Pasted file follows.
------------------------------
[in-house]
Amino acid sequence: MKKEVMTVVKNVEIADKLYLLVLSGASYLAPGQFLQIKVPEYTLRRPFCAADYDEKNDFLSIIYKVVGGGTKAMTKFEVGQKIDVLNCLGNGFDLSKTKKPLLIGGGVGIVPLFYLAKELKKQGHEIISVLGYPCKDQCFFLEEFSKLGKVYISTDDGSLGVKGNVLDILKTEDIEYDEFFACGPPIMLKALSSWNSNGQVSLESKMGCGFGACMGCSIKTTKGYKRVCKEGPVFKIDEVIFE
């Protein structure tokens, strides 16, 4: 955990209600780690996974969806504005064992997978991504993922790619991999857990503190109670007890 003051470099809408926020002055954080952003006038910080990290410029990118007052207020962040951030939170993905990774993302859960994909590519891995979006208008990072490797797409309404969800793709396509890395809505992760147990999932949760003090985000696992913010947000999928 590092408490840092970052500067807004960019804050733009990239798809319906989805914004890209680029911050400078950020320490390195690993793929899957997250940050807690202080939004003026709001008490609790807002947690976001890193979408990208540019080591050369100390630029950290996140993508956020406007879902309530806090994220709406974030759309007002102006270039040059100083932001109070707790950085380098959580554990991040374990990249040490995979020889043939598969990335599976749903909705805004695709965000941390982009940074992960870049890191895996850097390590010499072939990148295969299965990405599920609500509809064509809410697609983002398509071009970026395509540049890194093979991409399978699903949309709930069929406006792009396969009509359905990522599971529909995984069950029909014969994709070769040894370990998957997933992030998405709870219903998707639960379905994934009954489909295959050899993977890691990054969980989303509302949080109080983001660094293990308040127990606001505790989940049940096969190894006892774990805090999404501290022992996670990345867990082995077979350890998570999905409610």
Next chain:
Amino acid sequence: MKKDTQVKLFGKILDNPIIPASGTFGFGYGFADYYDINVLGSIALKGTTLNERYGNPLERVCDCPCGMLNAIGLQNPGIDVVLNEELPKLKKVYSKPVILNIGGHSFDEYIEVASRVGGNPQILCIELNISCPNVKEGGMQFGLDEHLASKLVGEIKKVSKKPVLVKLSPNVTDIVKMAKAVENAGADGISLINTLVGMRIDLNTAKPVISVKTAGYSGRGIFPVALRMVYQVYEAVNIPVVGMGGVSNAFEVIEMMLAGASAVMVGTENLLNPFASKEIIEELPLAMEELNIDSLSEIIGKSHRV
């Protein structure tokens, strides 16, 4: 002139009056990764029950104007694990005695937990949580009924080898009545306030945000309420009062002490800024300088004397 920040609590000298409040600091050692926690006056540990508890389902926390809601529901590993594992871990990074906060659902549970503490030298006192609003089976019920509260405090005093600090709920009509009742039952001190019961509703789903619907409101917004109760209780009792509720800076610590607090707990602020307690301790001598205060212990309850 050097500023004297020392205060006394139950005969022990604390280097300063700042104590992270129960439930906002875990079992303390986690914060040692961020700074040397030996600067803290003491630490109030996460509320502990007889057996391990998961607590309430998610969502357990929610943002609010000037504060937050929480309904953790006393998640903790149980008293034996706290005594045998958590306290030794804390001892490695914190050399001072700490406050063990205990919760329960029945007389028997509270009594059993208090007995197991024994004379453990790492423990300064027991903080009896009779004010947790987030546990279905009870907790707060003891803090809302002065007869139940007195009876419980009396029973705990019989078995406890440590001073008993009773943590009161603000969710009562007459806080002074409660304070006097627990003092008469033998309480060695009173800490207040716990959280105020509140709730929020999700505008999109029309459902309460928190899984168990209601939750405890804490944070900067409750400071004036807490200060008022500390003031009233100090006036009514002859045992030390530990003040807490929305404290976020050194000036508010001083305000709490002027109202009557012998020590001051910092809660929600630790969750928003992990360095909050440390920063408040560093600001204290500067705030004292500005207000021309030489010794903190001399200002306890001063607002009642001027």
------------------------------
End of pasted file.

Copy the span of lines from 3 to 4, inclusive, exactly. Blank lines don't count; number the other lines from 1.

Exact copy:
């Protein structure tokens, strides 16, 4: 955990209600780690996974969806504005064992997978991504993922790619991999857990503190109670007890 003051470099809408926020002055954080952003006038910080990290410029990118007052207020962040951030939170993905990774993302859960994909590519891995979006208008990072490797797409309404969800793709396509890395809505992760147990999932949760003090985000696992913010947000999928 590092408490840092970052500067807004960019804050733009990239798809319906989805914004890209680029911050400078950020320490390195690993793929899957997250940050807690202080939004003026709001008490609790807002947690976001890193979408990208540019080591050369100390630029950290996140993508956020406007879902309530806090994220709406974030759309007002102006270039040059100083932001109070707790950085380098959580554990991040374990990249040490995979020889043939598969990335599976749903909705805004695709965000941390982009940074992960870049890191895996850097390590010499072939990148295969299965990405599920609500509809064509809410697609983002398509071009970026395509540049890194093979991409399978699903949309709930069929406006792009396969009509359905990522599971529909995984069950029909014969994709070769040894370990998957997933992030998405709870219903998707639960379905994934009954489909295959050899993977890691990054969980989303509302949080109080983001660094293990308040127990606001505790989940049940096969190894006892774990805090999404501290022992996670990345867990082995077979350890998570999905409610």
Next chain: